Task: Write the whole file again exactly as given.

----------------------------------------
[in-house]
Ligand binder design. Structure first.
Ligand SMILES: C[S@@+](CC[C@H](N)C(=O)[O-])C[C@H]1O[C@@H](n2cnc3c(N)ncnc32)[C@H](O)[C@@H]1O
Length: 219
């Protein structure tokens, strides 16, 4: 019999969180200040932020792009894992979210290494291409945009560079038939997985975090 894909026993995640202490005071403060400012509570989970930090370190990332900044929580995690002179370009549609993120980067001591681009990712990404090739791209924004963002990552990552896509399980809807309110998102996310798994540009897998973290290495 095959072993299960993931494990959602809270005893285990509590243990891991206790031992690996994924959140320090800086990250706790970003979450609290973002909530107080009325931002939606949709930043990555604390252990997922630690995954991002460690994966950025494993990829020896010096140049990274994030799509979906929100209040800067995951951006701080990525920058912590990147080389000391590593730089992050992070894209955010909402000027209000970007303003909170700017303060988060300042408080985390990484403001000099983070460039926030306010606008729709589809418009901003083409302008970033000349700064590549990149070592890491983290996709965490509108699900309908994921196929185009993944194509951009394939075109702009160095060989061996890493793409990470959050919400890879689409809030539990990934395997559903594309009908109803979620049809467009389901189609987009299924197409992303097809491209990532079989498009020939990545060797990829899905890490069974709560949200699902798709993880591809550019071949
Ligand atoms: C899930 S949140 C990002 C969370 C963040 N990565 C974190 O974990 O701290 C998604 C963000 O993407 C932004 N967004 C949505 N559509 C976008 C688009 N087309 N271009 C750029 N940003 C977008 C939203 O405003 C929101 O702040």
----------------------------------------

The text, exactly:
[in-house]
Ligand binder design. Structure first.
Ligand SMILES: C[S@@+](CC[C@H](N)C(=O)[O-])C[C@H]1O[C@@H](n2cnc3c(N)ncnc32)[C@H](O)[C@@H]1O
Length: 219
């Protein structure tokens, strides 16, 4: 019999969180200040932020792009894992979210290494291409945009560079038939997985975090 894909026993995640202490005071403060400012509570989970930090370190990332900044929580995690002179370009549609993120980067001591681009990712990404090739791209924004963002990552990552896509399980809807309110998102996310798994540009897998973290290495 095959072993299960993931494990959602809270005893285990509590243990891991206790031992690996994924959140320090800086990250706790970003979450609290973002909530107080009325931002939606949709930043990555604390252990997922630690995954991002460690994966950025494993990829020896010096140049990274994030799509979906929100209040800067995951951006701080990525920058912590990147080389000391590593730089992050992070894209955010909402000027209000970007303003909170700017303060988060300042408080985390990484403001000099983070460039926030306010606008729709589809418009901003083409302008970033000349700064590549990149070592890491983290996709965490509108699900309908994921196929185009993944194509951009394939075109702009160095060989061996890493793409990470959050919400890879689409809030539990990934395997559903594309009908109803979620049809467009389901189609987009299924197409992303097809491209990532079989498009020939990545060797990829899905890490069974709560949200699902798709993880591809550019071949
Ligand atoms: C899930 S949140 C990002 C969370 C963040 N990565 C974190 O974990 O701290 C998604 C963000 O993407 C932004 N967004 C949505 N559509 C976008 C688009 N087309 N271009 C750029 N940003 C977008 C939203 O405003 C929101 O702040």